Downtown St. Pete, once the ugly duckling, has become a lovely swan. It's such a pleasant place to play, so much nicer than downtown Tampa. There's the Pier and BayWalk, with dozens of shops and restaurants; there's the blue magic of Tampa Bay, fronted by 65 acres of parkland. There's live music at Jannus Landing, and the civic grace imbued by many excellent museums.
When it comes to eating, St. Pete has begun to attract restaurateurs the same way it attracts the rest of us. Along the once-shabby Central Avenue, a row of fine eateries now stands ready to satisfy a host of culinary whims.
Among them is Alberto's Fusion Bistro, a 48-seat restaurant that opened just three months ago. It sits on the corner of Third Street and Central Avenue in the heart of downtown. Its proprietor is Alberto Claudio Mastromano, its executive chef James Washington Keene III. Even 10 or so years ago, such an elegant eatery would have been clearly out of place, but now it blends nicely into the bustle and the relaxed, upbeat mood of the city.
Alberto's fare is a mix of ambitious Italian and continental favorites, with a few curve balls thrown in for fun, like the "Szechwan Philly" ($6.95), from the restaurant's lunch menu — essentially a junky Philadelphia cheesesteak sandwich dressed up for polite company in hoisin sauce. The food is good, though I found some of its dishes too bland; they would have been better with the flavor turned up a notch or two.
Inside, Alberto's is unusually beautiful, done in soft ochre colors and lit by two whole walls of windows that open, screenless, when the weather is warm. One night when we were there, only one window was open because it was cool outside, but the sensation of a slight breeze at your back and hot food in front was so delightful.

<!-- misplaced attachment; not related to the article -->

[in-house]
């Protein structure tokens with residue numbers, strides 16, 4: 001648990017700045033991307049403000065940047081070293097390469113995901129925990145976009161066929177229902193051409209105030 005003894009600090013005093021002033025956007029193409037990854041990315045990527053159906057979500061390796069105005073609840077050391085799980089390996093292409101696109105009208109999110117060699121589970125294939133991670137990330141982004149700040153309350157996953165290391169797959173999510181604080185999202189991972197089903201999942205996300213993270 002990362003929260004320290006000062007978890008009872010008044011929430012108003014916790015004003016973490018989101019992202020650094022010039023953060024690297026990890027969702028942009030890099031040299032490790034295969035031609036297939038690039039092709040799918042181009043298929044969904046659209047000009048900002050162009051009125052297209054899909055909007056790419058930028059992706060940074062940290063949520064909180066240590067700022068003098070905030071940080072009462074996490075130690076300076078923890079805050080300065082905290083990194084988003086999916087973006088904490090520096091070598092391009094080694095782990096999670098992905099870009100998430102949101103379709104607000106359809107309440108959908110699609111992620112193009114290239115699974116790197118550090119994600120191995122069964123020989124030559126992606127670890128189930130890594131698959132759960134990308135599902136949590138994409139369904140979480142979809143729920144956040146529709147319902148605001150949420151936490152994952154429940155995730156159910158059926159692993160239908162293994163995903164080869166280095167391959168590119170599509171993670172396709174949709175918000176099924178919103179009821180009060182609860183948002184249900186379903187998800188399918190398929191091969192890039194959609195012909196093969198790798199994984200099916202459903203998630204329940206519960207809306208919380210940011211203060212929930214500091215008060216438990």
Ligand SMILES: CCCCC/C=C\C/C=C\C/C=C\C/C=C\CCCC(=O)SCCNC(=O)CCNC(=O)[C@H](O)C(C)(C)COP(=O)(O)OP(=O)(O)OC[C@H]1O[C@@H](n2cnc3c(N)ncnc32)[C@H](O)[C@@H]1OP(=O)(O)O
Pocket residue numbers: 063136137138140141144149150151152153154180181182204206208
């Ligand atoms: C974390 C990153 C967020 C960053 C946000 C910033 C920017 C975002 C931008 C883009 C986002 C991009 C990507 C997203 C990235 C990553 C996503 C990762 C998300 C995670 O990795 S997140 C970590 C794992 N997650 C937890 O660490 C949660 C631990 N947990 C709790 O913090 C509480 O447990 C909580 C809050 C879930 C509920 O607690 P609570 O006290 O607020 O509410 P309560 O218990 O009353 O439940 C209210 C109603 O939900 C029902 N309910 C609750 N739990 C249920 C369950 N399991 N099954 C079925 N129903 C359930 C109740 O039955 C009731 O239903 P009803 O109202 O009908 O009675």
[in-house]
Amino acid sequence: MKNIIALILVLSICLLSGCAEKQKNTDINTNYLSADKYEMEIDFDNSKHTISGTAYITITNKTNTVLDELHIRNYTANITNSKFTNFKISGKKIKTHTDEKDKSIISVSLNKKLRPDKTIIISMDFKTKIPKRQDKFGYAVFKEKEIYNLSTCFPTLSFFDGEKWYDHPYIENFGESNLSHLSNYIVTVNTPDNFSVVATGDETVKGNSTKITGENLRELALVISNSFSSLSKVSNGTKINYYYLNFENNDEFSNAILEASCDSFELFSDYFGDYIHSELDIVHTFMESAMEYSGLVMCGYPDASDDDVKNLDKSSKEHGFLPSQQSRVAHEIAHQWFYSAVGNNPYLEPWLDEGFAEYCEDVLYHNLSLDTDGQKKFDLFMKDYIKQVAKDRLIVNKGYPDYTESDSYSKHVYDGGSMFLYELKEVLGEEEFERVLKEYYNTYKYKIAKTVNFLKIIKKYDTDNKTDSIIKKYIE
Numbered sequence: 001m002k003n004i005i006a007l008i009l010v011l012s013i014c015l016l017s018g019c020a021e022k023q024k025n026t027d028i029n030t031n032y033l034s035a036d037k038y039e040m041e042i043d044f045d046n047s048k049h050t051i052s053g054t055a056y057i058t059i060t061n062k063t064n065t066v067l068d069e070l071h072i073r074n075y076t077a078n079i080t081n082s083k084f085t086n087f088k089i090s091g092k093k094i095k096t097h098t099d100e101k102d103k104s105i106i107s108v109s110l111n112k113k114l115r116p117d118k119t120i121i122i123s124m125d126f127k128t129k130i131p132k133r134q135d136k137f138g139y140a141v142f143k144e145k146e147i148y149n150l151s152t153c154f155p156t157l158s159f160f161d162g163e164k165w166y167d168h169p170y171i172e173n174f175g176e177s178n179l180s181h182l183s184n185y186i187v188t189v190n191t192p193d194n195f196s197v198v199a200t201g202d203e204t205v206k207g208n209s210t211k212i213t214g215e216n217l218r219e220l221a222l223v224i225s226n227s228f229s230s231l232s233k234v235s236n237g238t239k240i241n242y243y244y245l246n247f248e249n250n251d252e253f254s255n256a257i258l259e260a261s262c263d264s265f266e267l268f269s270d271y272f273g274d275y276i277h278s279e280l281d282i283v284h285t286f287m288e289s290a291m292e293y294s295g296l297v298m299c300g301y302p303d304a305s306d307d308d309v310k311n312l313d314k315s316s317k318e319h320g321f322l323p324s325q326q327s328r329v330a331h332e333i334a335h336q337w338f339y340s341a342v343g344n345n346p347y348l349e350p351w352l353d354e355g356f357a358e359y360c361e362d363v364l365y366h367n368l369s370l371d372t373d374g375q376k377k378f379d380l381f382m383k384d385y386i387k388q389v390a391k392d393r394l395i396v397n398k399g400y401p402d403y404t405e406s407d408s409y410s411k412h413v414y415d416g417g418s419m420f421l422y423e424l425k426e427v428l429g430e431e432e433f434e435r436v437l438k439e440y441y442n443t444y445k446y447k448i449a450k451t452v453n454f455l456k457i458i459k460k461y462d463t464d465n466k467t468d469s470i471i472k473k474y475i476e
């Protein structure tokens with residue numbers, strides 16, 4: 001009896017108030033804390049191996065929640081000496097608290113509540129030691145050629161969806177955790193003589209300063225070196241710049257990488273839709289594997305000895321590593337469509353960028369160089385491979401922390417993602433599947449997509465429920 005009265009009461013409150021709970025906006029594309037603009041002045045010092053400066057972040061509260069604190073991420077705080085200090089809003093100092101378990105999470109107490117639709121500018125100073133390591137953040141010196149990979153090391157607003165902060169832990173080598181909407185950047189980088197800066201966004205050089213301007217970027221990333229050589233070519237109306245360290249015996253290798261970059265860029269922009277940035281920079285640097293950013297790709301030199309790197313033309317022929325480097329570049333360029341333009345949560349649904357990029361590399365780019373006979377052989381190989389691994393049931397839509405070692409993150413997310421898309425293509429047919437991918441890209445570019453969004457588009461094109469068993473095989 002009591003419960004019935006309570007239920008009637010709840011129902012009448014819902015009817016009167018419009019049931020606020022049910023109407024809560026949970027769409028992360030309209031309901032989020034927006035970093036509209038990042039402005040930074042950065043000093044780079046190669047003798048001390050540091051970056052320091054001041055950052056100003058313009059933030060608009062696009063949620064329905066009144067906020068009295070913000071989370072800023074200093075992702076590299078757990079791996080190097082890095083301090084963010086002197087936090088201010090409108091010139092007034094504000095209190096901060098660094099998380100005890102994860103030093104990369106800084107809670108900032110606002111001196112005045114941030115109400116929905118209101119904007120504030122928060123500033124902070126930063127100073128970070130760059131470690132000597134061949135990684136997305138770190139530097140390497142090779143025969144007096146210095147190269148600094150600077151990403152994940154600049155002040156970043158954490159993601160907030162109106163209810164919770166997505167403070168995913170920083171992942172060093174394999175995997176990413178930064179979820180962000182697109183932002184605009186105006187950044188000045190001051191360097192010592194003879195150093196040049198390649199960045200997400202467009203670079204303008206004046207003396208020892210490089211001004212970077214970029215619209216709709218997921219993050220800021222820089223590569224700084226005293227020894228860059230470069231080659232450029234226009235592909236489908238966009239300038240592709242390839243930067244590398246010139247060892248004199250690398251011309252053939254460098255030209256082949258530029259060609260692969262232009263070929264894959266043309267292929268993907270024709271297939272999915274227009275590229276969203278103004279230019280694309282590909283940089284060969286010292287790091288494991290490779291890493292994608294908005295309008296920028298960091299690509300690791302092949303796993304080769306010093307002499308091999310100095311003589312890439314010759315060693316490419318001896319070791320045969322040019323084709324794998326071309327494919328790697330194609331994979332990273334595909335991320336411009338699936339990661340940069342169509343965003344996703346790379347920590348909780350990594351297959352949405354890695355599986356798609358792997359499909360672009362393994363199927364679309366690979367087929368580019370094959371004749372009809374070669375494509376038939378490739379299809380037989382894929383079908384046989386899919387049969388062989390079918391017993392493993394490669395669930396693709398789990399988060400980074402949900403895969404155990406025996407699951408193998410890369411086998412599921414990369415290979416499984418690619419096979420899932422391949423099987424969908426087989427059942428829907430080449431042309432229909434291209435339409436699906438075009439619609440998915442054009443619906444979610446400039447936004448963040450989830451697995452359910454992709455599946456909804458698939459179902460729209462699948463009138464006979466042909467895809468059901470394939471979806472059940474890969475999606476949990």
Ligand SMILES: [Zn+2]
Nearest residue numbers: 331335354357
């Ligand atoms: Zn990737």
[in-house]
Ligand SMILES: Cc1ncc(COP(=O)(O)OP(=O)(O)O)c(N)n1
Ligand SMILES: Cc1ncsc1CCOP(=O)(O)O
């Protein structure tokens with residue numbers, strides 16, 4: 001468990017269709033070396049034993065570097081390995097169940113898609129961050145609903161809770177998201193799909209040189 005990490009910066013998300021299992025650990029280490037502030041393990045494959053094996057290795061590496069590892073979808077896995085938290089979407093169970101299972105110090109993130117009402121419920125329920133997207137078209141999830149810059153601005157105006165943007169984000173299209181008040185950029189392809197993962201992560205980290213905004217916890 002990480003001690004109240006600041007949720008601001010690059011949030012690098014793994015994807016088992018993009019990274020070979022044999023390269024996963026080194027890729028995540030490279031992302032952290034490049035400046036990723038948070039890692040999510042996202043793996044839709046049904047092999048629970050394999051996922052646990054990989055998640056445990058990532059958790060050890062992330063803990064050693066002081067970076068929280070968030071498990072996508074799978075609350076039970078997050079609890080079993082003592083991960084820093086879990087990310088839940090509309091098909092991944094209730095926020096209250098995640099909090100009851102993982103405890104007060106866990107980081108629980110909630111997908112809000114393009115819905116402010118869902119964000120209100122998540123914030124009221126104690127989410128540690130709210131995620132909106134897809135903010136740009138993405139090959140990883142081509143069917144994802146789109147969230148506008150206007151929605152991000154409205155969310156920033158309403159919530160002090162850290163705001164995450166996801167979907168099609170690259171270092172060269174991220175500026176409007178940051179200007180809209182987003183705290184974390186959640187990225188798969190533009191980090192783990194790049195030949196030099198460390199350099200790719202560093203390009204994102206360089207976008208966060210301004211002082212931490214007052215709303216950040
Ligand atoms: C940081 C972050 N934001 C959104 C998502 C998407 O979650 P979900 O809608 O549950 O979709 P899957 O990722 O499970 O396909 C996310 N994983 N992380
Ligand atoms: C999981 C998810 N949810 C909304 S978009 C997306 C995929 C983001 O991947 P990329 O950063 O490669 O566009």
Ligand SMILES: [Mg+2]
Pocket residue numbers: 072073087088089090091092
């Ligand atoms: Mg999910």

So many restaurants feel like prisons, their windows inevitably sealed shut; it's a pleasure to sit in one that allows all your senses to function. From our perch inside, we watched the sky cool through the trees and morph from burnished orange to that shade of purple that inspires romance or regret.
People drifted by outside, some carrying Christmas burdens. The wine lay so crisp and dry in the glass. Waiters came and went. At one table, a foursome argued politics.
We were famished from shopping, so when the bread arrived, we were cheered to find it handmade, so fresh, its crust crisp and its interior malleable, accompanied by olive oil and garlic for dipping.
We inhaled it while we waited for the appetizers. My dinner companion ordered a lovely Caesar salad ($5), graced with an interesting mix of greens and topped with a thick, Wasabi Caesar dressing. On top, it sported Focaccia croutons and a spritely dusting of Parmesan cheese.
My appetizer was better, though: It was the "chef's special" that night, wild mushroom ragout wrapped in wonton, then fried and served with brightly colored hot sauces. The mix of lowly mushroom and titillatingly spicy sauce was unexpectedly good.
I found myself unable to ignore the antipasto bar, its glass case festive with a couple of dozen dishes that one may choose from for a plateful of hors d'oeuvres ($8.50). Alas, most of them were too bland to drive me wild. Some entailed exotic ingredients, like a jicama slaw. There were the typical Italian favorites, and a seafood mix of shrimp, octopus and scallops, as well as a melange of yellow and red peppers. They were adequate, but lacked that certain flavorful snap that distinguishes the outstanding from the average.